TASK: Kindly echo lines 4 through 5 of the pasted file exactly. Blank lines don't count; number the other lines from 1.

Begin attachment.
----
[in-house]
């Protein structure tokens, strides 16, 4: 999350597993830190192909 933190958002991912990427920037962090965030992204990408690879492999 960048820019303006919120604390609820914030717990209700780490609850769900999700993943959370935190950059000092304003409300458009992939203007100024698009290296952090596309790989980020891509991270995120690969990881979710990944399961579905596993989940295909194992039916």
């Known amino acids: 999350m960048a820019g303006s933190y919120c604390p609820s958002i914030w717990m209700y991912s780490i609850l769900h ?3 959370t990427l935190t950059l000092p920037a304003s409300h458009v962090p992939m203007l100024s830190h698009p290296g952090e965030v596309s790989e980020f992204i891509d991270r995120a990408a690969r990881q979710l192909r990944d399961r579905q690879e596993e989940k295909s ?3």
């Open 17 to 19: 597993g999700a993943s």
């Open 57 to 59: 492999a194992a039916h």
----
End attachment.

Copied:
């Open 17 to 19: 597993g999700a993943s």
């Open 57 to 59: 492999a194992a039916h």